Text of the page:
Here, my lab mate Kiran and I are taking out the cones to clean them. My hand (foreground) is holding the sampler cone.



Skimmer and sampler cones (from a different LA-ICP-MS instrument than shown in all of the other photos).


Finally, the ions will be measured with detectors. The type of detectors used in an instrument can vary. For LA-ICP-MS instruments the most common detectors are electron multipliers and Faraday cups. In general, these detectors have some things in common. An ion hits the detector and the ion’s charge affects the detector and causes electrons to react and create a voltage. The voltage will be proportional to how many ions hit the detector. This is how abundances of elements are measured. Elements that are more abundant will create a larger voltage signal than those that are less abundant. Usually, the user has some knowledge about which elements will be in the object they are analyzing. For rocks, I usually have at least a guess about which elements are in my rock and their approximate relative abundances. Some prior knowledge about your sample can be really helpful to set up the best method for your overall goal.


This is one example of a detector called an electron multiplier (my photo, but the electron multiplier belongs to a different lab run by my colleague, Richard Ash). I will do a separate blog post for detectors! So check there for more detail about how these work.


Usually, I would not measure all the elements in the periodic table at one time. I would select a small range of elements (i.e., a small range of masses). Measuring only a small range at a time helps us get accurate and precise data. Using detectors, the relative amounts of different masses hitting the detectors can be recorded to produce a mass spectrum! This means I will tell the instrument a mass range that I am interested in before I zap the rock with the laser. The instrument needs something called a mass calibration. The mass calibration is done by scanning the magnet to find different elements and telling the instrument to remember the magnet settings that match each element. For example, the magnet will scan until the element lithium is detected, then it will remember the settings for lithium. Generally, lithium is the lightest element in the mass calibration. Then the magnet will continue to scan through the masses of elements until the heaviest element, uranium, is detected. The instrument will remember the settings that matched uranium. Now the magnet can adjust itself to steer any mass between lithium and uranium into the detectors. Think of this analogy: if you wanted to perfectly steer different sized vehicles (all travelling the same speed) around the same bend in the road, you would need to steer a small sports car much less than a semi-truck. If you systematically steer different sizes of vehicles around the bend, you could remember how much force it requires for different sizes. You would need to try steering the smallest possible vehicle and also the largest possible vehicle. The more vehicles you steer in between those two end-members, the more accurately you would know the force required to steer each different size. Then, after you have calibrated the steering force for different vehicle sizes, you would know how much force to use to steer any size of vehicle in between the smallest and largest previous vehicle you have steered. This is how the mass calibration works.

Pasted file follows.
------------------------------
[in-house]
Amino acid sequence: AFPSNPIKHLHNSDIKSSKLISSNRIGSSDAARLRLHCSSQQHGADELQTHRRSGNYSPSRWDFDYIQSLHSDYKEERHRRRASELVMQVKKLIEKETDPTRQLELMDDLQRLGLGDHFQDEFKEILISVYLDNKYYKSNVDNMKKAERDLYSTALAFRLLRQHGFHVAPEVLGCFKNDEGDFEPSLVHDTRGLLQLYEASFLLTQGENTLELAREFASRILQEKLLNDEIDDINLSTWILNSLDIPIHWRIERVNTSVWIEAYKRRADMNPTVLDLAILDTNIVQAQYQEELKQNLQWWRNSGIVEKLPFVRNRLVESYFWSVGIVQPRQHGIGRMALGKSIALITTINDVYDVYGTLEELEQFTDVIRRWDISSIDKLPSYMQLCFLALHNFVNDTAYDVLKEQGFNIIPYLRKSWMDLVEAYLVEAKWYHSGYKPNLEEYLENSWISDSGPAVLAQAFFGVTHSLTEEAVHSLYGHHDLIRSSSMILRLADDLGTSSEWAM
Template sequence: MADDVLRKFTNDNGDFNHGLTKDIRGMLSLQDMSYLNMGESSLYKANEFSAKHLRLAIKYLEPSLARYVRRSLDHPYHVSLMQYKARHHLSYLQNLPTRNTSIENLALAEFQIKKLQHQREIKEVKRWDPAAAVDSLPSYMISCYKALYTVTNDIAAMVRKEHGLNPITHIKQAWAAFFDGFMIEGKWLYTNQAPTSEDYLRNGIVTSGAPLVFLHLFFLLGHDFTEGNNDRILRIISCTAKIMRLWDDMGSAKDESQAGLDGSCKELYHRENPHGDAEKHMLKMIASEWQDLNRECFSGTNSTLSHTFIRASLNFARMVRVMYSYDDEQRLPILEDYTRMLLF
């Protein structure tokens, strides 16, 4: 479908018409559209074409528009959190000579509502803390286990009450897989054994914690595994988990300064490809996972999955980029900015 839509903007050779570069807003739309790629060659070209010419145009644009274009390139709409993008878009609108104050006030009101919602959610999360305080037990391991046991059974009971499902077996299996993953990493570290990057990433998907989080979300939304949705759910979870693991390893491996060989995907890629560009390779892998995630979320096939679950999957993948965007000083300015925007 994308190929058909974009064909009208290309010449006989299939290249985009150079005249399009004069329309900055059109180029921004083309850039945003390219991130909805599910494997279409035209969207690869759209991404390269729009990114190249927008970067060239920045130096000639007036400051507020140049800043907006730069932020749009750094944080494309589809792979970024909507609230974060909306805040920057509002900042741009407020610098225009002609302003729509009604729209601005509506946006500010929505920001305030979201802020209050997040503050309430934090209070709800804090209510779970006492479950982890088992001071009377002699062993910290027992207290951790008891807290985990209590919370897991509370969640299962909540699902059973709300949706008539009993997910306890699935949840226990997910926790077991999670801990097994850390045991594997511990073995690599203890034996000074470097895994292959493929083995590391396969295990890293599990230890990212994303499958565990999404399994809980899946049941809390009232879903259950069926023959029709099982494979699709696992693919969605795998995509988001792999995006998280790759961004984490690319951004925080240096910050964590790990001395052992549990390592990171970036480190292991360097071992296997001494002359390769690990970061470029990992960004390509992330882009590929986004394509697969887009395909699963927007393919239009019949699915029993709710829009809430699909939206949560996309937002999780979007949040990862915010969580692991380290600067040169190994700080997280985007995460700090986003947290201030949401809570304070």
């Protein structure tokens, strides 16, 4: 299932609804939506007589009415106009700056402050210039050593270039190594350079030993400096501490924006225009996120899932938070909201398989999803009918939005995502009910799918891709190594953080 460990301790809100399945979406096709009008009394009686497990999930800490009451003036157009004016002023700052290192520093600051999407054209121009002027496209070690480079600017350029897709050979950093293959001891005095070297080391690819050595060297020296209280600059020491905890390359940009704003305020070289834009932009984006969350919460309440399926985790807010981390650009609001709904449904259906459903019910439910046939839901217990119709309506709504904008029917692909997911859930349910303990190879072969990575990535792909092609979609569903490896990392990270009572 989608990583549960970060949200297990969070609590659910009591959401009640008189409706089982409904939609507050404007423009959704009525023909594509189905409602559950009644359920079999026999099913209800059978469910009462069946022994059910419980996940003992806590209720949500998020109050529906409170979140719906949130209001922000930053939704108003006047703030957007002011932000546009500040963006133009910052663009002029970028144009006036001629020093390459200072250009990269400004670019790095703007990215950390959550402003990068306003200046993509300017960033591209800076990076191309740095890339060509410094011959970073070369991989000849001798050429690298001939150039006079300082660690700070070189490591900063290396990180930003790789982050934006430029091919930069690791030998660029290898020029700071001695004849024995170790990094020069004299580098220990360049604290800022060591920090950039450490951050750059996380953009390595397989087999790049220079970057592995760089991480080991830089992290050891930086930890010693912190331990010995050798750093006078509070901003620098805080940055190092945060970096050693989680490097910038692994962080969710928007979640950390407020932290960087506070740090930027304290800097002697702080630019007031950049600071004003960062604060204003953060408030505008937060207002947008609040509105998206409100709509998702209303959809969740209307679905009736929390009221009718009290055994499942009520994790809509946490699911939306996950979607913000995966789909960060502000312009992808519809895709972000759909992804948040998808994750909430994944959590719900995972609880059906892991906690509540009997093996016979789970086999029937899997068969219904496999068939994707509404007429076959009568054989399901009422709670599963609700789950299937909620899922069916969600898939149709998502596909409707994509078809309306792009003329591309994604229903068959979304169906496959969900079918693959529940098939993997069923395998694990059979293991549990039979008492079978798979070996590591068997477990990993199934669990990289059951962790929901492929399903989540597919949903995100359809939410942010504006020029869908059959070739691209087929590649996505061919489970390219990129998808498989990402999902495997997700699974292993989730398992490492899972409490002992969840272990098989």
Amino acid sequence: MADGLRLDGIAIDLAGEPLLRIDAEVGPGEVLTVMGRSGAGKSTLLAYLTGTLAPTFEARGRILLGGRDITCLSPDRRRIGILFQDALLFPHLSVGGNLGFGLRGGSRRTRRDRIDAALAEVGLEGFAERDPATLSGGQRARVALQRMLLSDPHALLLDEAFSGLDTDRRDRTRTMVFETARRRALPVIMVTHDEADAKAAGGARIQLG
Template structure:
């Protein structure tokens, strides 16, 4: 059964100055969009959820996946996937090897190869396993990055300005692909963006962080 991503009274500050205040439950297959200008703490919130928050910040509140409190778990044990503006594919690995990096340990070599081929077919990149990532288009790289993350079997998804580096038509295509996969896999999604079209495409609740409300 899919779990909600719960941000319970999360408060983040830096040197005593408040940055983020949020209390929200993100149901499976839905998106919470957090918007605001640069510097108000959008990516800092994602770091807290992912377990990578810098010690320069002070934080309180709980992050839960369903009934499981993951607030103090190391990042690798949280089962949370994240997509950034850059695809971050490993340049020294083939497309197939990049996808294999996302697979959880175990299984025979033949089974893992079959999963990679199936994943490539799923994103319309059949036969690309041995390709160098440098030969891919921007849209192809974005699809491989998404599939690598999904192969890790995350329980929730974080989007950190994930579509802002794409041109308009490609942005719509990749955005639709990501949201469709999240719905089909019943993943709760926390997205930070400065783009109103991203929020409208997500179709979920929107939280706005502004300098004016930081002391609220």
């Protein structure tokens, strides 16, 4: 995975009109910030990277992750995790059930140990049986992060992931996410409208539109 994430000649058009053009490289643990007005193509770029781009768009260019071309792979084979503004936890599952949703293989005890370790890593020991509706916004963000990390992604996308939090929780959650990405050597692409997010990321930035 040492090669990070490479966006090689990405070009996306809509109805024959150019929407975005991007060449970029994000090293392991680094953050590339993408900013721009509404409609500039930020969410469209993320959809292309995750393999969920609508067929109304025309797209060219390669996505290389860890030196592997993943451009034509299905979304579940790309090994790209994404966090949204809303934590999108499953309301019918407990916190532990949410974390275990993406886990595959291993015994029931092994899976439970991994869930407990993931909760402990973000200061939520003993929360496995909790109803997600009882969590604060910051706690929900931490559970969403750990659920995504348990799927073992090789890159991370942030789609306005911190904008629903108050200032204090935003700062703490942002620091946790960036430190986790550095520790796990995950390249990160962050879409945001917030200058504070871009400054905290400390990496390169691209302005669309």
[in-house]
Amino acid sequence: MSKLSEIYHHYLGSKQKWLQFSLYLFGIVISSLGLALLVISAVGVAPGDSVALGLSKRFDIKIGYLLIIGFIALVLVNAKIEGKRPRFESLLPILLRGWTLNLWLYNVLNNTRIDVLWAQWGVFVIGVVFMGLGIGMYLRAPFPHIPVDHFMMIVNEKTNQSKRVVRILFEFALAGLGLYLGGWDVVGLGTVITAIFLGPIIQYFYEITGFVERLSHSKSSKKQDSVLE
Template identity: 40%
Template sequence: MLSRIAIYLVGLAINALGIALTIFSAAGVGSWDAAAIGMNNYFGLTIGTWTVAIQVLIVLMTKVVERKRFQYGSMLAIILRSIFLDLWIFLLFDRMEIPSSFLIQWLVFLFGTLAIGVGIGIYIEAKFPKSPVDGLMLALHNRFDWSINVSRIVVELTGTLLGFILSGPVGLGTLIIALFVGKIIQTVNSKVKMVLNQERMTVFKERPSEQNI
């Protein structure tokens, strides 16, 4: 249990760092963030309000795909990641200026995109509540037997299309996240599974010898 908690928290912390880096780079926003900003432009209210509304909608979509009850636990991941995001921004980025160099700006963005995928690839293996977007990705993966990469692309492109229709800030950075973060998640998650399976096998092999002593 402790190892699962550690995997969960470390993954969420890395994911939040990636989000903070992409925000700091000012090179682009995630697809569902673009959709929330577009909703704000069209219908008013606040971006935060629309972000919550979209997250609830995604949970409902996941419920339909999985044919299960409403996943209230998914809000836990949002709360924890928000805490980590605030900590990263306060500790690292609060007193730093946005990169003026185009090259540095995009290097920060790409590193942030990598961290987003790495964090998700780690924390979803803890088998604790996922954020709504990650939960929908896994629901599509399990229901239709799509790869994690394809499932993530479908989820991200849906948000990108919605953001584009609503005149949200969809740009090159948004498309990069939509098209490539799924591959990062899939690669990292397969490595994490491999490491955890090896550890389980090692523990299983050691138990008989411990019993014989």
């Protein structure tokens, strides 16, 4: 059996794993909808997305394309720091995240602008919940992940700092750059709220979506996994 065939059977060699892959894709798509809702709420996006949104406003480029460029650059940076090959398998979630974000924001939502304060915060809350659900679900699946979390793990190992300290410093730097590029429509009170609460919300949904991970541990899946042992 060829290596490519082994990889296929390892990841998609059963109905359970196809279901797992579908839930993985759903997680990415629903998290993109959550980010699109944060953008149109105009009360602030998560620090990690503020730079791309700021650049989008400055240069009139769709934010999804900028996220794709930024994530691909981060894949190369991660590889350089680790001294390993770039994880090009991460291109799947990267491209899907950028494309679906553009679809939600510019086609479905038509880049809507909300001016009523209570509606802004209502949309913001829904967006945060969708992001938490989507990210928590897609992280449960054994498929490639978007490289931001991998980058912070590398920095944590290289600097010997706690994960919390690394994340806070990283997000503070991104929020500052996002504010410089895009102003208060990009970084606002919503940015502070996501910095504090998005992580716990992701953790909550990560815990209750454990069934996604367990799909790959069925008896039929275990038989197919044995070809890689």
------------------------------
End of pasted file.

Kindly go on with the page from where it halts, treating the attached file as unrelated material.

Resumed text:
In practice, I would choose a mass range that I am interested in and set up the instrument to measure those masses. I will enable the laser, zap my rock, and then elements from the rock will enter the mass spectrometer where they will be ionized, steered, and eventually detected. The detectors will produce signals that can be recorded to tell me which elements (and/or their isotopes) were detected and their relative abundances. This information can illuminate important geologic processes that the rock has experienced!